Some people will poo poo the whole Myers-Briggs personality type thing. And if this is you, then there’s nothing to see here. Sure, I know that no one fits tidily into just one of 16 different boxes. And it’s never good to completely pigeonhole someone. But for those of us who seek to truly understand the people around us, how to relate to them, and what their motivations are, some amount of categorization is helpful. At least as a starting point.
In high school, we took the Myers-Briggs Type Indicator (MBTI) test a couple of different times, and each time, I got a different result. The one we took was “official” and always asked you to choose between “this” and “that”. Well, almost every choice, for me, was “it depends”. I was “this” in certain situations and “that” in others. So none of my results were terribly accurate. But later I read up on the 16 personality types that M-B breaks people into (sometimes called the Keirsey Character Sorter, or something like that). The topic fascinates me.
Years later, I found a book on the topic with a similar test but in a different format called What Type Am I? Discover Who You Really Are. Instead of choosing between two options, it gave sentences and asked you to rate how well that sentence describes you. This gave many more shades of grey to the results, and showed that you can be strong in more than supposedly “opposite” areas. It wasn’t an all or nothing thing. I highly recommend this book to anyone interested in personality types or even just knowing yourself better. It has gotten heavy use in my house.
My results from the book, time and time again, show that I’m an INFJ. It’s apparently the rarest personality type, ranging from less than 1% of the population to a little over 3%, depending on which source you believe. All four of my letters are very strong. But my J is ridiculously strong. This describes me well, from ChangingMinds.org:
Judgers approach life in a structured way, creating plans and organizing their world to achieve their goals and desired results in a predictable way.
They get their sense of control by taking charge of their environment and making choices early.
They are self-disciplined and decisive, and seek closure in decisions. When they ask for things they are specific and expect others to do as they say. They enjoy being experts.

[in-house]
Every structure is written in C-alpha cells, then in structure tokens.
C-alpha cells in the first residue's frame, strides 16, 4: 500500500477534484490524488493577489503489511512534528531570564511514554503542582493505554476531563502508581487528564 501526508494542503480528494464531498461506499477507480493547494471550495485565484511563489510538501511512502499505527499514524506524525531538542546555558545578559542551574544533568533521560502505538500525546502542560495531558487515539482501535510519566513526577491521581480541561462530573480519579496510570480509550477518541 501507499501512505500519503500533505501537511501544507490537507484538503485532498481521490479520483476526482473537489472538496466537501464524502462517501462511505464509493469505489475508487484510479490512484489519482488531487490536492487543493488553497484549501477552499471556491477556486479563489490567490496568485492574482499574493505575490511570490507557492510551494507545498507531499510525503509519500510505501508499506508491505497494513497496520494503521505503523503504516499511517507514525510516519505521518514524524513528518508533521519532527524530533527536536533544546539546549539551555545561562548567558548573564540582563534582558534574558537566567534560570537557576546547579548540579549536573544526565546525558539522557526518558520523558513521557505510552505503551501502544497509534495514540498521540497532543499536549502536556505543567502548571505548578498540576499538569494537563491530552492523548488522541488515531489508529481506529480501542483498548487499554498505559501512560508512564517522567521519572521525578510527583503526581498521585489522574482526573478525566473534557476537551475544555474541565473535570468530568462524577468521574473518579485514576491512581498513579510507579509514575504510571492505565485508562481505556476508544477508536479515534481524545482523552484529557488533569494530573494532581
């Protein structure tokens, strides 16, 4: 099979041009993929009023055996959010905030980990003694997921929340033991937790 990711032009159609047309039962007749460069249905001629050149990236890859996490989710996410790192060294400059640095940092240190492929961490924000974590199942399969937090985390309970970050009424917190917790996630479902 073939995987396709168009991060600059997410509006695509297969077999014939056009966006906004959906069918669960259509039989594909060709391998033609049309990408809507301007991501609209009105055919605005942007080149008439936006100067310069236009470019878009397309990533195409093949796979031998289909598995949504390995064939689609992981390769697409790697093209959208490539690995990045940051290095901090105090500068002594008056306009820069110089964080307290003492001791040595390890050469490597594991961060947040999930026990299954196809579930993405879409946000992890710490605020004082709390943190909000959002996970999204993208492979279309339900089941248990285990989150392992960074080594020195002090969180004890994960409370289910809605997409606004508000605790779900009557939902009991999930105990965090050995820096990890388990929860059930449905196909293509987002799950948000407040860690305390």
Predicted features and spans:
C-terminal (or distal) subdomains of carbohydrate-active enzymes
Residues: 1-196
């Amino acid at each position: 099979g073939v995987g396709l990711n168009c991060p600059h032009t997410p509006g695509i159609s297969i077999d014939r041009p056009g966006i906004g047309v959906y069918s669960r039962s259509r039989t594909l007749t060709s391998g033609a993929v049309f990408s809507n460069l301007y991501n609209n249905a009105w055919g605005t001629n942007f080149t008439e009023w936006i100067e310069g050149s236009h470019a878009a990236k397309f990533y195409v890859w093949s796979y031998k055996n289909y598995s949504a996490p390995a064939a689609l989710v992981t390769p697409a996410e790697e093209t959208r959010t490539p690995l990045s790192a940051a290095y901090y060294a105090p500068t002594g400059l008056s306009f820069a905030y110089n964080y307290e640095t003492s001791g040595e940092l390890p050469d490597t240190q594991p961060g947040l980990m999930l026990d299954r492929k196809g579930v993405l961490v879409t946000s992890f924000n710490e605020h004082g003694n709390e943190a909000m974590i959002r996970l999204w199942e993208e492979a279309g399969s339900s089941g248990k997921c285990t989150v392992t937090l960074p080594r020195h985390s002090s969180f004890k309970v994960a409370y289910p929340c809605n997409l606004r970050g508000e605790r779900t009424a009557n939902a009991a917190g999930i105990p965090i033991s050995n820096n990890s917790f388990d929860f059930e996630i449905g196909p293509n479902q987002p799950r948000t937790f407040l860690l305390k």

At work, they decide quickly and clearly and work to get the job done.
Three of the other four letters not in my personality type—E, S, and P—are pretty weak for me. But my T (which is the “opposite” the F in INFJ) is also very strong. Just a tiny bit less strong than the F. So I tend to fit in pretty well in the INTJ camp, too. Logic is my friend.
What does all of this mean? The book explains it all very well, but there are also websites that break down the types. Here’s a decent description of an INFJ from 16 Personalities:
The INFJ personality type is very rare, making up less than one percent of the population, but they nonetheless leave their mark on the world. As Diplomats (NF), they have an inborn sense of idealism and morality, but what sets them apart is the accompanying Judging (J) trait – INFJs are not idle dreamers, but people capable of taking concrete steps to realize their goals and make a lasting positive impact.
Here are some other sites that describe INFJs, among the other types:
Recently, I found someone who makes web comics from the perspective of an INFJ. He goes by INFJoe. Several of his comics really spoke to me and reflected who I am. I have his permission to share a few here, and I link to more of my favorites of his as well. His website is a treasure trove of INFJ-ness, and he’s also on Facebook.
I find many things hilarious, and am regularly quite amused. But actually laughing audibly takes some effort in my regular state of mind. I have to be caught by surprise usually, for something to make me burst out in laughter. Usually I just laugh inside my head. But when something actually does make me laugh out loud, it makes an impression on me. Unless I’m in a silly mood, and then I laugh a lot. I’m full of exceptions and contradictions.
When I need to make a decision, I research the topic to death, keeping all my options open along the way. But once I’ve decided on something, it’s full steam ahead. People should avoid getting in the way. My mind is made up.
I’m not known for my spontaneity. Except under certain conditions. I call it “Planned Spontaneity”. Don’t laugh; it works for me.
It takes me trusting you for you to be able to get to know me. Like, get to know the real me. There are many different layers that I peel back, the more trusting I am of you and accepting you are of me. The same goes with my house. I don’t have New York City-levels of locks on my front door, but someone coming into my house feels like they are invading my space. Even my closest family and friends give me that feeling. Non-friends visiting are excruciating to me. So realize that if I invite you over, it is because I care enough about you to go through discomfort to spend time with you.
Speak in front of a group? No thanks. I hate the “go around the circle and introduce yourself” stuff.
There’s a lot more to me than meets the eye. Sure, I’m nice and pretty wholesome looking. But that’s only part of me. Few see the real me. Fewer see all of me. Pretty much just Rory (well, 99% of me—gotta keep a few things to myself).
Sometimes I want to just say, “Aww, fuck it, who cares,” but I can never seem to do that. Anxiety and empathy keep me emotionally engaged, all… the… time. Unless I have a migraine.
I learn about you as I observe you. Not in a creepy way, just in an, “I’m paying attention,” kind of way. I notice more than you think. Subtle changes in your behavior alert me to changes in your life or your state of mind.
What self-wisdom have you obtained from learning about your personality type?